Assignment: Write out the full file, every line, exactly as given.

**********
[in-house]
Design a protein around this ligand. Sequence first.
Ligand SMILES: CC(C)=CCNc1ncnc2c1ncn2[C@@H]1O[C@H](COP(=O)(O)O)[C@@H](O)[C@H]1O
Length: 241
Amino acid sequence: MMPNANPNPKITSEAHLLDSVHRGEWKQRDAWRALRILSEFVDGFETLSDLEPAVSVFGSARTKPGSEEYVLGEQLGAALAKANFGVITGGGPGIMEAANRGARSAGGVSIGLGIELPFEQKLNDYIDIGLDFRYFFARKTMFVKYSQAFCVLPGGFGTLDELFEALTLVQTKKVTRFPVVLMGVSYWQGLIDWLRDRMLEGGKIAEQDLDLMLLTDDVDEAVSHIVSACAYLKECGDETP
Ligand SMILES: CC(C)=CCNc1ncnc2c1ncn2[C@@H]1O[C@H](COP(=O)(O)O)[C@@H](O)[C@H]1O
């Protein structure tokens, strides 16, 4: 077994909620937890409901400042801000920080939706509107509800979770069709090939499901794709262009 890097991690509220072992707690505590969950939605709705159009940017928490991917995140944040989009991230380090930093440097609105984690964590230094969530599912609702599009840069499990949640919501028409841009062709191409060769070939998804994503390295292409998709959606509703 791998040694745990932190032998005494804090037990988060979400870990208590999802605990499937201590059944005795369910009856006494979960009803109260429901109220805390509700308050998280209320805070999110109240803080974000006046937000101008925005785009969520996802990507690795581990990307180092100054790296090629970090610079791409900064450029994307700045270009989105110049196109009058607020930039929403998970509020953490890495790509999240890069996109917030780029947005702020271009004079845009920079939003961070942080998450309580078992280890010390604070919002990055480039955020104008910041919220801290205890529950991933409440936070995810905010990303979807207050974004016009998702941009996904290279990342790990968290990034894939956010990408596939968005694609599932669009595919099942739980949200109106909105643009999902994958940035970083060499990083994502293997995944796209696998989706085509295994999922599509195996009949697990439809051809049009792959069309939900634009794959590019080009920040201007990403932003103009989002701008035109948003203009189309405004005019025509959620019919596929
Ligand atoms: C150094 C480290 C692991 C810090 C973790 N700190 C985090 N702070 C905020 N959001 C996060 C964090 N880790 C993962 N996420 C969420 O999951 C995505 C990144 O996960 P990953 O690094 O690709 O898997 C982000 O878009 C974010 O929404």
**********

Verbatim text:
[in-house]
Design a protein around this ligand. Sequence first.
Ligand SMILES: CC(C)=CCNc1ncnc2c1ncn2[C@@H]1O[C@H](COP(=O)(O)O)[C@@H](O)[C@H]1O
Length: 241
Amino acid sequence: MMPNANPNPKITSEAHLLDSVHRGEWKQRDAWRALRILSEFVDGFETLSDLEPAVSVFGSARTKPGSEEYVLGEQLGAALAKANFGVITGGGPGIMEAANRGARSAGGVSIGLGIELPFEQKLNDYIDIGLDFRYFFARKTMFVKYSQAFCVLPGGFGTLDELFEALTLVQTKKVTRFPVVLMGVSYWQGLIDWLRDRMLEGGKIAEQDLDLMLLTDDVDEAVSHIVSACAYLKECGDETP
Ligand SMILES: CC(C)=CCNc1ncnc2c1ncn2[C@@H]1O[C@H](COP(=O)(O)O)[C@@H](O)[C@H]1O
């Protein structure tokens, strides 16, 4: 077994909620937890409901400042801000920080939706509107509800979770069709090939499901794709262009 890097991690509220072992707690505590969950939605709705159009940017928490991917995140944040989009991230380090930093440097609105984690964590230094969530599912609702599009840069499990949640919501028409841009062709191409060769070939998804994503390295292409998709959606509703 791998040694745990932190032998005494804090037990988060979400870990208590999802605990499937201590059944005795369910009856006494979960009803109260429901109220805390509700308050998280209320805070999110109240803080974000006046937000101008925005785009969520996802990507690795581990990307180092100054790296090629970090610079791409900064450029994307700045270009989105110049196109009058607020930039929403998970509020953490890495790509999240890069996109917030780029947005702020271009004079845009920079939003961070942080998450309580078992280890010390604070919002990055480039955020104008910041919220801290205890529950991933409440936070995810905010990303979807207050974004016009998702941009996904290279990342790990968290990034894939956010990408596939968005694609599932669009595919099942739980949200109106909105643009999902994958940035970083060499990083994502293997995944796209696998989706085509295994999922599509195996009949697990439809051809049009792959069309939900634009794959590019080009920040201007990403932003103009989002701008035109948003203009189309405004005019025509959620019919596929
Ligand atoms: C150094 C480290 C692991 C810090 C973790 N700190 C985090 N702070 C905020 N959001 C996060 C964090 N880790 C993962 N996420 C969420 O999951 C995505 C990144 O996960 P990953 O690094 O690709 O898997 C982000 O878009 C974010 O929404």